Finally hearing the birds sing - Weekend

Finally hearing the birds sing

By Shane Carreon

IN the middle of the crowd and all the glazed donuts that Sunday, a poem hit me on the forehead as in the gut. There I was, supposedly Bisdak, reading Michael Obenieta’s poem “Kay ang kahilom usa sab ka siloy” in its English translation because I couldn’t understand it in its original Cebuano.

Merlie Alunan’s “Sa Atong Dila: Introduction to Visayan Literature” is an anthology of poetry, fiction, drama, and essays in the mother tongues of Eastern, Central and Western Visayas.
Merlie Alunan’s “Sa Atong Dila: Introduction to Visayan Literature” is an anthology of poetry, fiction, drama, and essays in the mother tongues of Eastern, Central and Western Visayas.

Earlier that day I bought Merlie Alunan’s book, “Sa Atong Dila,” with a nearly uncontainable excitement: the book is a first-of-its-kind collection of literature from all over the Visayas. What with the hype about mother tongue being (finally!) taught in our classrooms, I thought the book — the most comprehensive anthology, by far, of Visayan literature from east to west, from tikang ha mga kasanhi to binag-ong mga balak to sugidanon to panaysayon — was a library must-have, a teacher must-have, even. At the festival where I got it, copies sold out nearly before they even reached the table. So I thought word about the book had spread like wildfire, only to find out that most of the buyers were fellow writers themselves attending the festival; the few school teachers I knew who were teaching the Mother Tongue haven’t even heard about it. Oh, there can be very long conversations about concerns with book publishing and marketing in the country, how the machinery of Wattpad stories seems to have overrun Philippine Literature, how rare it is to find books in our mother tongues, whether in commercial bookstores or in school and government libraries. I often find myself asking why there’s a lack of interest in literature in our own mother tongue, in general, and the book “Sa Atong Dila,” in particular?

A long march through labyrinthine socio-cultural explanations might be an answer I’d rather not begin with, now having found myself in a familiar ending: the reality of a supposedly Bisdak having donuts and coffee in Cebu while reading the English translation of a Cebuano poem.

Some miseducation has come to be quite successful. The beginnings of my own reading life, for example, followed a parade of books readily available to be either borrowed from libraries or bought from bookstores in the city; this meant Dr. Seuss, the Wakefields, The Little Prince. At that time literature, that mirror-world in beautiful language, was — and it seemed, could only be — in English, a given reinforced without malice and with all good, albeit blind, intentions by family and school community. There was little to no talk of Visayan literature, at least not in the house, neighborhood and schools where I was growing up; possibly the closest were the overheard bits of dialogue from AM radio drama the help listened to during mid-afternoons when I was cooped indoors, resisting forced siesta. What was difficult then was not only finding Visayan literature, but also discovering where to access it, the secret door leading outdoors.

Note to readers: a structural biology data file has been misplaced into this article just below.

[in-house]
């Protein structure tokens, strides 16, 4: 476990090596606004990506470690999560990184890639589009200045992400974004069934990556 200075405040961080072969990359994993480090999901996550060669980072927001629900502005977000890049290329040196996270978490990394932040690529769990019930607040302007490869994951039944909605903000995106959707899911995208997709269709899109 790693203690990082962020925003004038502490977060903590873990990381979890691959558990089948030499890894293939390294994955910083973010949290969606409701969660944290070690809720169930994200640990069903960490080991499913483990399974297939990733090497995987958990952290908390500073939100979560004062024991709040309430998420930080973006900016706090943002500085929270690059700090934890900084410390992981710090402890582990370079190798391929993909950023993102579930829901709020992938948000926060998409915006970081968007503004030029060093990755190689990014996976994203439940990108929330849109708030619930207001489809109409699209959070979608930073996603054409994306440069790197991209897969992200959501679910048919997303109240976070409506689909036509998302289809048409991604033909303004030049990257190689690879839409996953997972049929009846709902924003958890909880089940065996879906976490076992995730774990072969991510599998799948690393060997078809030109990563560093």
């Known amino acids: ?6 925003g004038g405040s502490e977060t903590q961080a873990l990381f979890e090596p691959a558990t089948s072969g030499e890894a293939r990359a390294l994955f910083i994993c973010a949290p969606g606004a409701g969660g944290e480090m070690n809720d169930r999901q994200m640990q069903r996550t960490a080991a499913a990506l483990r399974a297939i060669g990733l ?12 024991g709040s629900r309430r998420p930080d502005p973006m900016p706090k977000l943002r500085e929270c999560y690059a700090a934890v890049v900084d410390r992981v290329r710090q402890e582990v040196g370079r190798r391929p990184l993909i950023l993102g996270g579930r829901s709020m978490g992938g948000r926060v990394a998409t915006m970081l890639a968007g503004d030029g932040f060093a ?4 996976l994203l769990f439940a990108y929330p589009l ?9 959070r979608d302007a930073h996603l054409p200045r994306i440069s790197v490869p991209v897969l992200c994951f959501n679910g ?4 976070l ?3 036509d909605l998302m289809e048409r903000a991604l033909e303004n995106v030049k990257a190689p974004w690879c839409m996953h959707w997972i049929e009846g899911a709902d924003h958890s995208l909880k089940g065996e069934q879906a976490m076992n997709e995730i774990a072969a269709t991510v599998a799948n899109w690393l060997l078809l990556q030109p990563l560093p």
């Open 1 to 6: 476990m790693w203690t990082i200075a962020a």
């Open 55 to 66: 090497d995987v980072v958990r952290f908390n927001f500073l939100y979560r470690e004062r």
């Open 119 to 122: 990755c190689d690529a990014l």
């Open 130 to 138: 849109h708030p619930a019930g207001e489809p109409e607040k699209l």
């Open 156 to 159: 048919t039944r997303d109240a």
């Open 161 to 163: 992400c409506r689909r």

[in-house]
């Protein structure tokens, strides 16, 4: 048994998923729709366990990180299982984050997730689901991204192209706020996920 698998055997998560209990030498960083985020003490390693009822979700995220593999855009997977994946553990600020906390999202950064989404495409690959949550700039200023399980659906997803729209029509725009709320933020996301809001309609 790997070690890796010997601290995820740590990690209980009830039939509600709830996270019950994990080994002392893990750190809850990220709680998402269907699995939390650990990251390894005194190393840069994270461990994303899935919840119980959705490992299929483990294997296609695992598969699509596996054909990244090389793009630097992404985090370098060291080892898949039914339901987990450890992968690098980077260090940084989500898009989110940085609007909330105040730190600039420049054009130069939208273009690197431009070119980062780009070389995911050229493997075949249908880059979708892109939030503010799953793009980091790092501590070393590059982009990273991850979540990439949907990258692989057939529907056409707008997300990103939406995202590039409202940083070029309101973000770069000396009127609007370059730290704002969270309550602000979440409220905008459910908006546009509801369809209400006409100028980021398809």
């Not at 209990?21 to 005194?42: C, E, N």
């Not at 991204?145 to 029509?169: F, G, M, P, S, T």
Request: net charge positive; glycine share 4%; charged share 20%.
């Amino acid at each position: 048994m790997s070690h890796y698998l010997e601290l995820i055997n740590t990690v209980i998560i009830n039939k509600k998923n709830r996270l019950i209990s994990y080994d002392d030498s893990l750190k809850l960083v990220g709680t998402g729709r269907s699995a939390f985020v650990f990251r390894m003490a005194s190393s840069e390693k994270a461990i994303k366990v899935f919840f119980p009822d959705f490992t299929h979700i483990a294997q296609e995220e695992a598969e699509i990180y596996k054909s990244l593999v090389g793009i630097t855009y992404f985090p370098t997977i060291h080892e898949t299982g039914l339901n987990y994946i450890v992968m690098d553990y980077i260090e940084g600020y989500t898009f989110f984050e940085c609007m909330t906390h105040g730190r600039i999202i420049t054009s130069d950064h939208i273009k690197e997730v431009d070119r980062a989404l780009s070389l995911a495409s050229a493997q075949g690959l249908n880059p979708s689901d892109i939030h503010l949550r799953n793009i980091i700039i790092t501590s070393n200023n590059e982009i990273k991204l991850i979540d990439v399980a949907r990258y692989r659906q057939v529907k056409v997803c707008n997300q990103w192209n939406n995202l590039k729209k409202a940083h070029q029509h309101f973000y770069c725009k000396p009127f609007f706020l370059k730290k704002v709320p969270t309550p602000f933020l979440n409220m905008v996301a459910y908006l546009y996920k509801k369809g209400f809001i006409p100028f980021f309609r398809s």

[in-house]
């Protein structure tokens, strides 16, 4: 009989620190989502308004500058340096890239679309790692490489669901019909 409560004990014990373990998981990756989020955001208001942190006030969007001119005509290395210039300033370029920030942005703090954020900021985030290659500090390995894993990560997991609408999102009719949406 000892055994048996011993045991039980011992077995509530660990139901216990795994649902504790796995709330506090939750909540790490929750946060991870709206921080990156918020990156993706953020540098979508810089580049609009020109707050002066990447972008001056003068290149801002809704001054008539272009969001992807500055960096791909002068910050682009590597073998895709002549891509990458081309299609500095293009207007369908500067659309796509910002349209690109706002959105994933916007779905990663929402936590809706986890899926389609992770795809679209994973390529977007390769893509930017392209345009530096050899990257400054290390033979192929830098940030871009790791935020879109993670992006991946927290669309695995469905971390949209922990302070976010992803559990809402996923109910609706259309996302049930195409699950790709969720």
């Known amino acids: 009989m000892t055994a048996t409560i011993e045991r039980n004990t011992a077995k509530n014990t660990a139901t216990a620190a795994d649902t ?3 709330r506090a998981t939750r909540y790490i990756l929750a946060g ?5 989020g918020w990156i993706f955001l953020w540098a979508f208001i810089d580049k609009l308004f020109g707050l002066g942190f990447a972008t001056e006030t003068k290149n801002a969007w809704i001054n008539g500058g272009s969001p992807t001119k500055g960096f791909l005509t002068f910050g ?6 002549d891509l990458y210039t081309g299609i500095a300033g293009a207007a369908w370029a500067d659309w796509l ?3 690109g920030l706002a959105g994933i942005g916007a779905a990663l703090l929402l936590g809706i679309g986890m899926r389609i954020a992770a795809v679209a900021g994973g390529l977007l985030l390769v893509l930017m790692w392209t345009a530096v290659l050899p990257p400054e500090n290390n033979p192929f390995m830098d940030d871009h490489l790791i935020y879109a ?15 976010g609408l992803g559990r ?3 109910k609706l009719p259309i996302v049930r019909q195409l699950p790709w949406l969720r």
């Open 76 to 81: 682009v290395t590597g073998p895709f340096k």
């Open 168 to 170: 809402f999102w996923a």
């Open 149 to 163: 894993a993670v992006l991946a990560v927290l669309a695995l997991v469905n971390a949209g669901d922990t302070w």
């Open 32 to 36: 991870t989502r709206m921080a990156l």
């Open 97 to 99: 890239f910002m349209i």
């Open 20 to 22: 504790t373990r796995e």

Which makes me think nowadays are better. There are more doors, which aren’t much of a secret anymore. There is the growing number of artists who are using Bisaya in films, songs, stories, and performance poetry, among others. Not too long ago, “Paranormal Romance” filled theatres; these days, “Labyu Langga” is played in radio stations, hit by the thousands in Youtube, included in a movie soundtrack. More are recognising our mother tongue as meaningful beyond marketplace and jeepney exchanges, as a way of keeping alive the beautiful in our way of life and living as a people and culture.

Doors, too, are the recent mother tongue policy implemented in our grade schools. And the teachers, their paradigms have shifted, having realized the urgent importance to introduce Visayan literature to older students.

These teachers are often peculiarly called by our current academic system as English teachers, tasked to teach Philippine literature — too often in English — to grow within students pride for one’s cultural identity. Some of them, graduate students at the University of the Philippines Cebu, whom I had a chance to meet, asked me for a list. A list of writers’ names, a list of mother tongue literature, a list of places where to find them. Where the door leading outdoors is.

I could only give them all the little I had at the time, myself not too far ahead of them in the search. There was the university library Cebuano Studies Center, the website balaybalakasoy, the books by various singular authors that were spread anywhere but the popular and accessible bookstores, and the irregular late night balak readings in the city. I remember seeing resigned faces and thinking how it was so much easier to get an anthology of American literature.

This was, of course, some time before Alunan’s “Sa Atong Dila: Introduction to Visayan Literature,” which is the widest door leading outdoors that I have yet gone through. An anthology of poetry, fiction, drama, and essays in the mother tongues of Eastern, Central, and Western Visayas, in a breadth that spans folk till contemporary times. A seemingly endless list of writers’ names and mother tongue literature, all in one book. Also, guide questions like door knobs to open the door wider.

And English translations, too, for the lost who have found their way and are welcomed home.

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